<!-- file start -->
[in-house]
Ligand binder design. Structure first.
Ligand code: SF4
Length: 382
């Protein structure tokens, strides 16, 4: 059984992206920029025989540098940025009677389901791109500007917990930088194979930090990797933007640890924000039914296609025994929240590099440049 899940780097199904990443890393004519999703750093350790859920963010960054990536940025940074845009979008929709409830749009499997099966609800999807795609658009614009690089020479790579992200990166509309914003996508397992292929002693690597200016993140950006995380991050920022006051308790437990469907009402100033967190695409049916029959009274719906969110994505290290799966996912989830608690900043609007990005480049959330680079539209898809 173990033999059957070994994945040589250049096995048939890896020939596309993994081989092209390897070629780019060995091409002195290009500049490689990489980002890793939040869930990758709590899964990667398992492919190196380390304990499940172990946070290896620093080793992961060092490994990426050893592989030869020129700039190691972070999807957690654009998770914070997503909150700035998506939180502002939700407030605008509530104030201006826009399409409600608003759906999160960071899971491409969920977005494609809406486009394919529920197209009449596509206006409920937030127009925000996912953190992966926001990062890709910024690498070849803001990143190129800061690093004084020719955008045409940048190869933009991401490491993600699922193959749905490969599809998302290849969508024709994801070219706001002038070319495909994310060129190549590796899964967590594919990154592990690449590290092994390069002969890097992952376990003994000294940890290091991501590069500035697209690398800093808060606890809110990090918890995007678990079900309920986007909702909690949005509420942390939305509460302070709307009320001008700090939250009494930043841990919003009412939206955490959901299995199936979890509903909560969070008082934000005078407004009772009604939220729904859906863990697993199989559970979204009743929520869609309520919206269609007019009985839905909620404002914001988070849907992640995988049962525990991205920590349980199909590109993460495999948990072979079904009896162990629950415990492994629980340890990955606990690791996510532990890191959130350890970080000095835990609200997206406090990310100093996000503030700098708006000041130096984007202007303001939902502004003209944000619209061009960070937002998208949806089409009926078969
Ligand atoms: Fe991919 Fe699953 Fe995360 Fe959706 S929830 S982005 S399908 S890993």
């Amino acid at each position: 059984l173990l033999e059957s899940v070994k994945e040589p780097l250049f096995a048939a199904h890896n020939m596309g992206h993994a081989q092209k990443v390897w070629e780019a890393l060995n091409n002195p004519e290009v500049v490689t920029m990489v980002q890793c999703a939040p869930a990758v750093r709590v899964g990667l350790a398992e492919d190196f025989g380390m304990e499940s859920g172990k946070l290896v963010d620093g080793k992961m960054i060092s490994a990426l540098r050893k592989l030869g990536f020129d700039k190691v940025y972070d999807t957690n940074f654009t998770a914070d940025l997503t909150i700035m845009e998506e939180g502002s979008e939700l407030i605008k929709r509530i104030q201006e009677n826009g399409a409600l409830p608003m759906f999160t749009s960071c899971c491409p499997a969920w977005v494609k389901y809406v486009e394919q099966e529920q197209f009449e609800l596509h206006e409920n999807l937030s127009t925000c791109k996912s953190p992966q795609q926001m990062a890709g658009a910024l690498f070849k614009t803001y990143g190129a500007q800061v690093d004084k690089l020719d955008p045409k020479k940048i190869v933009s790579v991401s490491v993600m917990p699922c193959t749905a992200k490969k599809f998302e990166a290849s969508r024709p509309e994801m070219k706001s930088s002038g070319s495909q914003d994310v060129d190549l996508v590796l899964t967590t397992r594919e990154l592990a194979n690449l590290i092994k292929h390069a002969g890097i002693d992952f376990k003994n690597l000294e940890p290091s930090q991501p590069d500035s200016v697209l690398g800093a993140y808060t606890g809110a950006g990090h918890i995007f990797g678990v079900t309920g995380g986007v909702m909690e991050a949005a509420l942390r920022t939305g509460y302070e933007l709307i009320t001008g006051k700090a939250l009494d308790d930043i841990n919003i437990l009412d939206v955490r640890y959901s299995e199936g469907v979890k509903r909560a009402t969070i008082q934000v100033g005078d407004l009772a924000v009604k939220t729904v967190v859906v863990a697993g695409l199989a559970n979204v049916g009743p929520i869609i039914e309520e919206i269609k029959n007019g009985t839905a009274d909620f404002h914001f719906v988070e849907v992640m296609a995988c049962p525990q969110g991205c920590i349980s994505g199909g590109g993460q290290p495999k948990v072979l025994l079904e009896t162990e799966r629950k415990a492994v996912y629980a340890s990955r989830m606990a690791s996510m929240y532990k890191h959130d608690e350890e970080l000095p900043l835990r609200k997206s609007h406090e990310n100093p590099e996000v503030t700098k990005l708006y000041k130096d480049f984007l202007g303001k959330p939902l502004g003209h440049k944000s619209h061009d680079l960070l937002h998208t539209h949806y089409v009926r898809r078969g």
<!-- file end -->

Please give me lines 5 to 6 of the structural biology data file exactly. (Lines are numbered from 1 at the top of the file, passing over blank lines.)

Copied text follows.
């Protein structure tokens, strides 16, 4: 059984992206920029025989540098940025009677389901791109500007917990930088194979930090990797933007640890924000039914296609025994929240590099440049 899940780097199904990443890393004519999703750093350790859920963010960054990536940025940074845009979008929709409830749009499997099966609800999807795609658009614009690089020479790579992200990166509309914003996508397992292929002693690597200016993140950006995380991050920022006051308790437990469907009402100033967190695409049916029959009274719906969110994505290290799966996912989830608690900043609007990005480049959330680079539209898809 173990033999059957070994994945040589250049096995048939890896020939596309993994081989092209390897070629780019060995091409002195290009500049490689990489980002890793939040869930990758709590899964990667398992492919190196380390304990499940172990946070290896620093080793992961060092490994990426050893592989030869020129700039190691972070999807957690654009998770914070997503909150700035998506939180502002939700407030605008509530104030201006826009399409409600608003759906999160960071899971491409969920977005494609809406486009394919529920197209009449596509206006409920937030127009925000996912953190992966926001990062890709910024690498070849803001990143190129800061690093004084020719955008045409940048190869933009991401490491993600699922193959749905490969599809998302290849969508024709994801070219706001002038070319495909994310060129190549590796899964967590594919990154592990690449590290092994390069002969890097992952376990003994000294940890290091991501590069500035697209690398800093808060606890809110990090918890995007678990079900309920986007909702909690949005509420942390939305509460302070709307009320001008700090939250009494930043841990919003009412939206955490959901299995199936979890509903909560969070008082934000005078407004009772009604939220729904859906863990697993199989559970979204009743929520869609309520919206269609007019009985839905909620404002914001988070849907992640995988049962525990991205920590349980199909590109993460495999948990072979079904009896162990629950415990492994629980340890990955606990690791996510532990890191959130350890970080000095835990609200997206406090990310100093996000503030700098708006000041130096984007202007303001939902502004003209944000619209061009960070937002998208949806089409009926078969
Ligand atoms: Fe991919 Fe699953 Fe995360 Fe959706 S929830 S982005 S399908 S890993």